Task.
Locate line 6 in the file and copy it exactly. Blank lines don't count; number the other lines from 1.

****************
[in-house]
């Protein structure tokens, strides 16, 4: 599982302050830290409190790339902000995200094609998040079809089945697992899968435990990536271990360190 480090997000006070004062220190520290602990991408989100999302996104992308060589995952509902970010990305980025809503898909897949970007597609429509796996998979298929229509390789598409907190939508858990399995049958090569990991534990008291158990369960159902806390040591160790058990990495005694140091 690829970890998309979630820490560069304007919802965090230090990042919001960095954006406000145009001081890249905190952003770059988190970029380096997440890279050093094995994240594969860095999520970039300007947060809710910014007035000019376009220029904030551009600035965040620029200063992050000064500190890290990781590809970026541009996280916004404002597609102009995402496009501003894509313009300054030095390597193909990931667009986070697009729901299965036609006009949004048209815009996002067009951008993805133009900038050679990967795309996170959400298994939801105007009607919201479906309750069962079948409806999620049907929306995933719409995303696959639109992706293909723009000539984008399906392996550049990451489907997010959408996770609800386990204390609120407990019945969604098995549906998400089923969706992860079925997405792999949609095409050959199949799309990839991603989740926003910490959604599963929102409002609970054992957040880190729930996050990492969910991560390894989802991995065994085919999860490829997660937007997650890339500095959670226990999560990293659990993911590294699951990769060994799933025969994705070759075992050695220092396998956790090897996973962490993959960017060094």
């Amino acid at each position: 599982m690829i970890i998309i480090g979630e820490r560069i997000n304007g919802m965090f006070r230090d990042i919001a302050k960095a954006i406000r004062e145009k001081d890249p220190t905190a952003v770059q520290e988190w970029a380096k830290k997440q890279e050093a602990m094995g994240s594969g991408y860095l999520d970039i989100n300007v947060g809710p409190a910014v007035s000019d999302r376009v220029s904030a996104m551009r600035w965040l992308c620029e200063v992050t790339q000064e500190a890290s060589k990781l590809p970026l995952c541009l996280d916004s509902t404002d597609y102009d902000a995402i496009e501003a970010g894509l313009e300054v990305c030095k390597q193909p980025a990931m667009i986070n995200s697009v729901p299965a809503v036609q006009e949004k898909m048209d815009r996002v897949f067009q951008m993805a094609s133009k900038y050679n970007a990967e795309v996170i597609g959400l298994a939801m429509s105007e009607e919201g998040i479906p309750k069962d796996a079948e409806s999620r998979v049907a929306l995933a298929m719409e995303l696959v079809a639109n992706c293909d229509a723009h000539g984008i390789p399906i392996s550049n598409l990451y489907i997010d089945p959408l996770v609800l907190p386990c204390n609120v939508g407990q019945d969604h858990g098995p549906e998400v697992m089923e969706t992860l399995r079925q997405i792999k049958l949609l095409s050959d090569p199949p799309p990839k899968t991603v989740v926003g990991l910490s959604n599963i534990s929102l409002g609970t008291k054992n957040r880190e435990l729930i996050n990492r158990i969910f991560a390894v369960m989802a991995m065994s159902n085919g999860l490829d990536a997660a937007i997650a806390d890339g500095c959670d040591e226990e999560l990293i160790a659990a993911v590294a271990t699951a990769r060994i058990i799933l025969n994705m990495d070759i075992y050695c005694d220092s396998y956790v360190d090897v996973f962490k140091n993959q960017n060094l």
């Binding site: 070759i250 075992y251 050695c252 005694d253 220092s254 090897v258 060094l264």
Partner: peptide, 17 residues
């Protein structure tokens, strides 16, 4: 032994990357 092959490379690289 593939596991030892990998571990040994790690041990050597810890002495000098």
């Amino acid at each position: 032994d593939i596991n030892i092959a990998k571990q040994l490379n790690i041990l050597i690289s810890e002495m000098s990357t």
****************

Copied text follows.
């Protein structure tokens, strides 16, 4: 032994990357 092959490379690289 593939596991030892990998571990040994790690041990050597810890002495000098």